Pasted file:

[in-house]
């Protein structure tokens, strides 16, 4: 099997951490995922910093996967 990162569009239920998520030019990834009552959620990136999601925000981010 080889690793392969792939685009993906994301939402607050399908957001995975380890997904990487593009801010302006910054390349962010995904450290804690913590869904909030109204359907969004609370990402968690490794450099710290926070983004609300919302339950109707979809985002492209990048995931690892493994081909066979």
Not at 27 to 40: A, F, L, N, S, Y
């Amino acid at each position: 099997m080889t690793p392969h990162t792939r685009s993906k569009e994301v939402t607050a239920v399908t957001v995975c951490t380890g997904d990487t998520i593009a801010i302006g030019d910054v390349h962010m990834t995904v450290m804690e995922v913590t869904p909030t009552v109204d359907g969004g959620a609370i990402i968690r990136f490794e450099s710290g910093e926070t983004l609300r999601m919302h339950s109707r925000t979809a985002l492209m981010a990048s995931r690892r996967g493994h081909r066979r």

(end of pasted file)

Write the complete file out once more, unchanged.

[in-house]
């Protein structure tokens, strides 16, 4: 099997951490995922910093996967 990162569009239920998520030019990834009552959620990136999601925000981010 080889690793392969792939685009993906994301939402607050399908957001995975380890997904990487593009801010302006910054390349962010995904450290804690913590869904909030109204359907969004609370990402968690490794450099710290926070983004609300919302339950109707979809985002492209990048995931690892493994081909066979």
Not at 27 to 40: A, F, L, N, S, Y
């Amino acid at each position: 099997m080889t690793p392969h990162t792939r685009s993906k569009e994301v939402t607050a239920v399908t957001v995975c951490t380890g997904d990487t998520i593009a801010i302006g030019d910054v390349h962010m990834t995904v450290m804690e995922v913590t869904p909030t009552v109204d359907g969004g959620a609370i990402i968690r990136f490794e450099s710290g910093e926070t983004l609300r999601m919302h339950s109707r925000t979809a985002l492209m981010a990048s995931r690892r996967g493994h081909r066979r």